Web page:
Cape Town - The Western Cape High Court on Monday found 22-year-old Adriaan Hendricks guilty of the murder of a 50-year-old police officer.
Warrant Officer Petrus Holtz was fatally stabbed on July 29, 2015. He was travelling on the infamous stretch of road between Somerset West and Khayelitsha, dubbed the N2 Hell Run. Holtz was attached to the Hawks' Commercial Crimes Unit and was on his way to the Bellville office early in the morning, when his car struck rocks placed on the road.
A common modus operandi of criminals, it forces drivers to stop their vehicles, leaving them vulnerable to attacks. In Holtz's case, two of his tyres were punctured. He immediately phoned for assistance, but in the ten minutes that it took for help to arrive, he was murdered. The court found that Hendricks had intentionally placed rocks in the road, and when Holtz's car pulled over, he pounced.
Judge Robert Henney said he had used brute force to drive a knife 4cm into Holtz's leg, severing an artery. Hendricks was convicted on one count of murder, two counts of malicious damage to property, one of attempted robbery with aggravating circumstances and one of robbery with aggravating circumstances. Holtz's Samsung cellphone and GPS were stolen in the attack.
Not the first attack of its kind
Less than two weeks before the attack, another motorist had fallen victim to the same modus operandi. Jacques Loots, on July 17, drove over rocks on the same stretch of road, puncturing one tyre. When he pulled over, Hendricks appeared, pulled out a knife and a struggle ensued. In that case, Loots managed to get into his car and drive away. His cellphone was also stolen.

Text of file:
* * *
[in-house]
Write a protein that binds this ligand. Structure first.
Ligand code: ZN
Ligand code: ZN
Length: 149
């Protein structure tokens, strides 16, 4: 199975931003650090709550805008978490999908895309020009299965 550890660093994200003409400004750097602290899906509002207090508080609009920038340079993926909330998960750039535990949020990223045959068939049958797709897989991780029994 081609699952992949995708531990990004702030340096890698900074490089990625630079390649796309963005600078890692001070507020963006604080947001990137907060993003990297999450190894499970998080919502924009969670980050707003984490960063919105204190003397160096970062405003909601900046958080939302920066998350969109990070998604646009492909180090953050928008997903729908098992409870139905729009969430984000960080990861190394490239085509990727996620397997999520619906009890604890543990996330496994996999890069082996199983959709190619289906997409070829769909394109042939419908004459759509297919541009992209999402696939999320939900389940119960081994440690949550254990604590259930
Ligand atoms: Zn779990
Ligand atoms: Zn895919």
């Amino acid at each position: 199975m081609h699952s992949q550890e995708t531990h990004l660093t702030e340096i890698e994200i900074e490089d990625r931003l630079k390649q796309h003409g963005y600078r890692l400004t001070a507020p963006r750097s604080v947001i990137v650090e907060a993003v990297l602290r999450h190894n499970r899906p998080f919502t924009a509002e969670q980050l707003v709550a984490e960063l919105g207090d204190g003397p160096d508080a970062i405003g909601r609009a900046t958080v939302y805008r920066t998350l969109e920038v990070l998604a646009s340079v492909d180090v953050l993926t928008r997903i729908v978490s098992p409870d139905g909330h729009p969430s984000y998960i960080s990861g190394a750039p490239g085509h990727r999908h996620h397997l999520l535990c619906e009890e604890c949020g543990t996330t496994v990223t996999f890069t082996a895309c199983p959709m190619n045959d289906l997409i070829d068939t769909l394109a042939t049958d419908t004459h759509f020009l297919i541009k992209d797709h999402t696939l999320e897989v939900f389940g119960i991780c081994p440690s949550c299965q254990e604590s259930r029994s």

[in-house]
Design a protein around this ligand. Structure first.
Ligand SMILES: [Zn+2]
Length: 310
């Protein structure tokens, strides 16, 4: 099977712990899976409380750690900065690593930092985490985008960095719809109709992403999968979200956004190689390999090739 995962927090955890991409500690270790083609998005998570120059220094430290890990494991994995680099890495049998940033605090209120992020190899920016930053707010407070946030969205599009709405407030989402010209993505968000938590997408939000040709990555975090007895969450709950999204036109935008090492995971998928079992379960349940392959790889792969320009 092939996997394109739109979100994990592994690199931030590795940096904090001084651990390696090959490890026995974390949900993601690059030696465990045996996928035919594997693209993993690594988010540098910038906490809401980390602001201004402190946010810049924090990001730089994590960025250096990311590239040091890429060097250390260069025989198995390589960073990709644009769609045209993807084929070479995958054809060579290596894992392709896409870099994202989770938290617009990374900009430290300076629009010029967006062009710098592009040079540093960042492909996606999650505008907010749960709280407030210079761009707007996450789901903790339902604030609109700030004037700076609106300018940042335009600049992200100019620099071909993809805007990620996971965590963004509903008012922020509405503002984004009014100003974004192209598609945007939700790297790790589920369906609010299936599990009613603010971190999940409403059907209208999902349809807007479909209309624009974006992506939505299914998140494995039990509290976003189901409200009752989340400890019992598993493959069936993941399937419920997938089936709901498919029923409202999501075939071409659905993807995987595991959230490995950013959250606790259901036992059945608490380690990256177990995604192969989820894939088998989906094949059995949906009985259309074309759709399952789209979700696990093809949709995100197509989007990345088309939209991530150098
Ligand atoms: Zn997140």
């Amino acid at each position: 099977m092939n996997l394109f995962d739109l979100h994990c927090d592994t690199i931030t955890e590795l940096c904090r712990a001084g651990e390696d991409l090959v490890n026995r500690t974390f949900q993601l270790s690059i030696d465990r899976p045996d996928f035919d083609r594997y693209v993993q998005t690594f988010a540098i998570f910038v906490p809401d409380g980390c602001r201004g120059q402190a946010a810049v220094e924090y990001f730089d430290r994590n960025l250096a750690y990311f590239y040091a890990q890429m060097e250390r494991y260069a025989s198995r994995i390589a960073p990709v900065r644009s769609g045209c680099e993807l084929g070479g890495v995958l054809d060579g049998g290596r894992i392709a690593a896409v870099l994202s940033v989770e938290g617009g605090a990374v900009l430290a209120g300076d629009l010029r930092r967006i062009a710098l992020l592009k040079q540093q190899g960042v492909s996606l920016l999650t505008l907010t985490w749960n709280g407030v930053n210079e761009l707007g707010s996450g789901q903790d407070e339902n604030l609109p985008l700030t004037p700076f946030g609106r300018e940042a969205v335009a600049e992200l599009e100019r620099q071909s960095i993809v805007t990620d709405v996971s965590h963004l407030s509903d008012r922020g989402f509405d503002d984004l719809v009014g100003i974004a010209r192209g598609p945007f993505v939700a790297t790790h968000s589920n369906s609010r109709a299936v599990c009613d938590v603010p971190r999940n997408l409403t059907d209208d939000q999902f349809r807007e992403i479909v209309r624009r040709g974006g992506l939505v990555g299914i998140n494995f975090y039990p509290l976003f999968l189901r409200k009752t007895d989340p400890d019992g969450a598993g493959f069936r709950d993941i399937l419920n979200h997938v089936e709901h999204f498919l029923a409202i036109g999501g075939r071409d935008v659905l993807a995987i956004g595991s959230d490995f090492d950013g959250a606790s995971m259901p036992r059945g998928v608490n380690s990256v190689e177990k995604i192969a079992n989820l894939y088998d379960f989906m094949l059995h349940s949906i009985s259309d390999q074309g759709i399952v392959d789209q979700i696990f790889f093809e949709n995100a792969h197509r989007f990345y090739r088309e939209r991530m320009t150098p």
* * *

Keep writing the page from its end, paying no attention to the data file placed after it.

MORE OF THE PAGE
Judge Henney said Loots was able to identify Hendricks in a photo ID, and he accepted this evidence. He said it was too much of a coincidence that the same modus operandi was used in both attacks, both victims were stabbed, and both had their cellphones stolen.
Henney rejected Hendricks's version that he had been with his grandmother during the Loots attack, describing it as a vague explanation. Hendricks claimed he had come upon Holtz in the second incident, after he was attacked, and had slipped in his blood before taking his cellphone and GPS - Judge Henney rejected this as well.
The court found it was highly unlikely that other people were responsible for Holtz's murder, and would have left behind his cellphone and GPS. Rather “everthing pointed to the fact that Hendricks was involved”.
Holtz was survived by his wife and two children, an adult son and a teenage daughter. His wife, Rene, and daughter, Michaela, were present in court but refused to talk to the media. A small group of police officers were also there to support them.
The accused, dressed in jeans and a hooded tracksuit top, appeared unemotional as he was convicted, and often glanced over at the victim's family.
African News Agency (ANA)